Television industry experts are predicting a wide open race for this year’s Emmys when the nominations are announced Thursday, with awards juggernaut “Game of Thrones” out of the running.
HBO’s fantasy epic about noble families vying for control of the Iron Throne raked in a record-breaking 12 awards last year, but is ineligible this time around since the new season doesn’t start until Sunday.
The Television Academy tends to nominate and vote conservatively, with the Emmys dominated by perennial favorites like “Thrones” and “Downton Abbey,” which finished in March 2016.
But with both of these shows out of the picture, a number of nods for television’s equivalent of the Oscars should go to newcomers like lavish period drama “The Crown” and its Netflix stable mate “Stranger Things.”
Hulu’s dystopian sci-fi series “The Handmaid’s Tale,” NBC’s family drama “This Is Us” and HBO’s dark sci-fi western “Westworld” are all in the running for best drama, as well as in the writing and acting categories.
Returning from last year, “The Americans” (FX), “Better Call Saul” (AMC), “Homeland” (Showtime), “House of Cards” (Netflix) and “Mr. Robot” (USA) will all be contenders for the top prizes too.
Awards prediction website Gold Derby has Golden Globe winner “The Crown”-about Britain’s Queen Elizabeth II-as favorite for best drama, ahead of “Stranger Things,” an award-winning sci-fi-horror drama set in the 1980s.
“I think the two slam dunks are ‘The Handmaid’s Tale’ and ‘The Crown.’ I wouldn’t mind seeing ‘Westworld’ in there because I think it was more creatively ambitious and pulled it off better than most,” said awards expert Tim Goodman in a commentary for The Hollywood Reporter.
“But I’m worried that ‘Stranger Things,’ a series I quite enjoyed but doesn’t merit a best drama nom, will get in, taking a valuable spot.”
The most star-studded category, as ever, is best actor in a limited series or TV movie with the field led by Robert De Niro, who anchored HBO’s “The Wizard of Lies” as Ponzi scheme fraudster Bernie Madoff.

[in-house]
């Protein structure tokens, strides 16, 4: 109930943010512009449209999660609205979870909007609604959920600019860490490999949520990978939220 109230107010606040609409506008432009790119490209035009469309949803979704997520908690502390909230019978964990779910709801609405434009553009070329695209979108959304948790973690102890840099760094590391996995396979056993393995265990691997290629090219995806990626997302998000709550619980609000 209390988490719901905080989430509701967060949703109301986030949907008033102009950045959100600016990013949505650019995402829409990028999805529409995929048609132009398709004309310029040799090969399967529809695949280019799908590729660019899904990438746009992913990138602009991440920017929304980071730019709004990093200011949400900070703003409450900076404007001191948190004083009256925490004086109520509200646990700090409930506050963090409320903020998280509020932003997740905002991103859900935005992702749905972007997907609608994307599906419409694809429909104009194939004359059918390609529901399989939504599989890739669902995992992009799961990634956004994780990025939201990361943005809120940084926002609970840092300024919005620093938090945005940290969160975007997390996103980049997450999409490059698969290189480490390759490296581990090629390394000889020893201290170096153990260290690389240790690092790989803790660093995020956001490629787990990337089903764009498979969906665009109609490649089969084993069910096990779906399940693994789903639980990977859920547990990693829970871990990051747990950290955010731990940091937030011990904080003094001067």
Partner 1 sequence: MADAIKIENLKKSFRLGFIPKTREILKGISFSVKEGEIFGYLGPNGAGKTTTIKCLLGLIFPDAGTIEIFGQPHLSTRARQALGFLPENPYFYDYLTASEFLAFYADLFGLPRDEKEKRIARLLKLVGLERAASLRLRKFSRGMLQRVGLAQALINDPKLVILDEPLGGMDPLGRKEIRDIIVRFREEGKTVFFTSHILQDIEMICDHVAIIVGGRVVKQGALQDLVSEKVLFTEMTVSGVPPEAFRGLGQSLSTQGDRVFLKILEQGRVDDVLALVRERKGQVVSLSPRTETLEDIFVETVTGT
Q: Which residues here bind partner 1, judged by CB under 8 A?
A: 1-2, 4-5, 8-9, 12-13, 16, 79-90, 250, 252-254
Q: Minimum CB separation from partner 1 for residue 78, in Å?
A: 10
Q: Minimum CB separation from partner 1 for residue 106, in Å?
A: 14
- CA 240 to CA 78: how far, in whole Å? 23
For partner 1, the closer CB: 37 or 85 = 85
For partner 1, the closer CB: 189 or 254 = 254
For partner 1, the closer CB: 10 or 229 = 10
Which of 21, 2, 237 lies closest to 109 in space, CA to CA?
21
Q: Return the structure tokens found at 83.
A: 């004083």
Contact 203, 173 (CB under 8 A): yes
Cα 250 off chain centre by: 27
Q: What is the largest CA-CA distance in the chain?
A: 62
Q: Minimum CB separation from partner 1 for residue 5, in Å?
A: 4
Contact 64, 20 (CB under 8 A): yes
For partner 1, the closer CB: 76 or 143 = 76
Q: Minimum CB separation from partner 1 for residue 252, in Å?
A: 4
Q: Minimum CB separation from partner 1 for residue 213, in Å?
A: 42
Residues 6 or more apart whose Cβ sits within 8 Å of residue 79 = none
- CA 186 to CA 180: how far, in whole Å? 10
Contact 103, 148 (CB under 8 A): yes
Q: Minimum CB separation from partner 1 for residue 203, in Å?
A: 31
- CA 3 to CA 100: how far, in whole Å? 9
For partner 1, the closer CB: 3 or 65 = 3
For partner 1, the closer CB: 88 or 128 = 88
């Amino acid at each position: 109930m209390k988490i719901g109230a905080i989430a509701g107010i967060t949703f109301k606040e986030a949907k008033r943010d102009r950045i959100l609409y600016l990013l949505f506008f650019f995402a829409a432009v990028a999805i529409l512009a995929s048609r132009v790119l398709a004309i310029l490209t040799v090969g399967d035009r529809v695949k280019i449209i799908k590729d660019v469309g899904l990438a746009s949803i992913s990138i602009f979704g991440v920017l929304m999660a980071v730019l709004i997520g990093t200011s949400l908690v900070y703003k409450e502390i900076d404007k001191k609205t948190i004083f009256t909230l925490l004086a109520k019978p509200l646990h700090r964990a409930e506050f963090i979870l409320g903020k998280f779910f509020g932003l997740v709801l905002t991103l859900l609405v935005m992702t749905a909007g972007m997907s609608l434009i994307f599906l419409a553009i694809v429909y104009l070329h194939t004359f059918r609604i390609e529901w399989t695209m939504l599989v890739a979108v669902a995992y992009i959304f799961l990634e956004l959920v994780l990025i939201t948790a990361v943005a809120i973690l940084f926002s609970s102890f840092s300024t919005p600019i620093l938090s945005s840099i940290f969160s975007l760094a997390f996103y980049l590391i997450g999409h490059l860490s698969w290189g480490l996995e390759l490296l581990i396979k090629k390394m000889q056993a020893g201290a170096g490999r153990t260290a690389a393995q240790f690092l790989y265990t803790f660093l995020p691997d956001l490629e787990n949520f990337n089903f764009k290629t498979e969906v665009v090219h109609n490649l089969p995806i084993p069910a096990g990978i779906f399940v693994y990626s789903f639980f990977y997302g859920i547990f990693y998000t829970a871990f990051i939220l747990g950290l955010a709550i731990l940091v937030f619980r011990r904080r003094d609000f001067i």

Riz Ahmed, Ewan McGregor, Geoffrey Rush and John Turturro will also be expecting nominations, while other big name contenders in the category include Benedict Cumberbatch and Jude Law.
“House of Cards” star Kevin Spacey, a double Oscar winner who has never won an Emmy, should pick up a nomination in the best drama actor category.
But he faces competition for the elusive statuette from Sterling K Brown (“This Is Us”), Bob Odenkirk (“Better Call Saul”) and last year’s winner Rami Malek (“Mr. Robot”).
The academy’s 21,000 members were given two weeks to sift through a crowded field of several thousand entries from shows aired during the previous 12 months.
“It has been an extraordinary year for television. The industry has never been more dynamic or inventive, and storytellers and content creators have never been more prolific,” said chairman and CEO Hayma Washington.
SNL’s big day?
In the best actress in a comedy category, Julia Louis-Dreyfus is hotly-tipped for a sixth consecutive Emmy for her role as hapless former president Selina Meyer on HBO’s “Veep.”
Melissa McCarthy, who made headlines with her appearances as embattled White House press secretary Sean Spicer on sketch show “Saturday Night Live,” would be a popular nomination for best comedy guest actress.
McCarthy, who has one Emmy win in seven previous nominations, faces posthumous competition in the category from “Star Wars” legend Carrie Fisher, who appeared in British sitcom “Catastrophe” before her death in December.
It could be a big day for SNL, with Alec Baldwin also in the running for his impersonation of President Donald Trump and Kate McKinnon hoping for recognition for her popular turn as Trump’s election rival Hillary Clinton.
In a new development, academy members were able to select as many programs as they liked per category but, unlike the Oscars, do not rank their choices for the Emmys, with nominees determined by a simple tally.
There are seven nominees in “comedy series” and “drama series” and six in the rest.
“Game of Thrones” made television history last year, becoming the most decorated fictional show since the awards began nearly seven decades ago with nine awards in technical categories and three top prizes.
“Veep” actress Anna Chlumsky and “Criminal Minds” star Shemar Moore will present the nominations this time around from the Television Academy at 8:30 am (1530 GMT) and the announcement will be live-streamed at Emmys.com.
Second round voting will take place in August while the ceremony itself will be beamed live from the Microsoft Theater in Los Angeles, on September 17 on CBS, with late night funnyman Stephen Colbert hosting.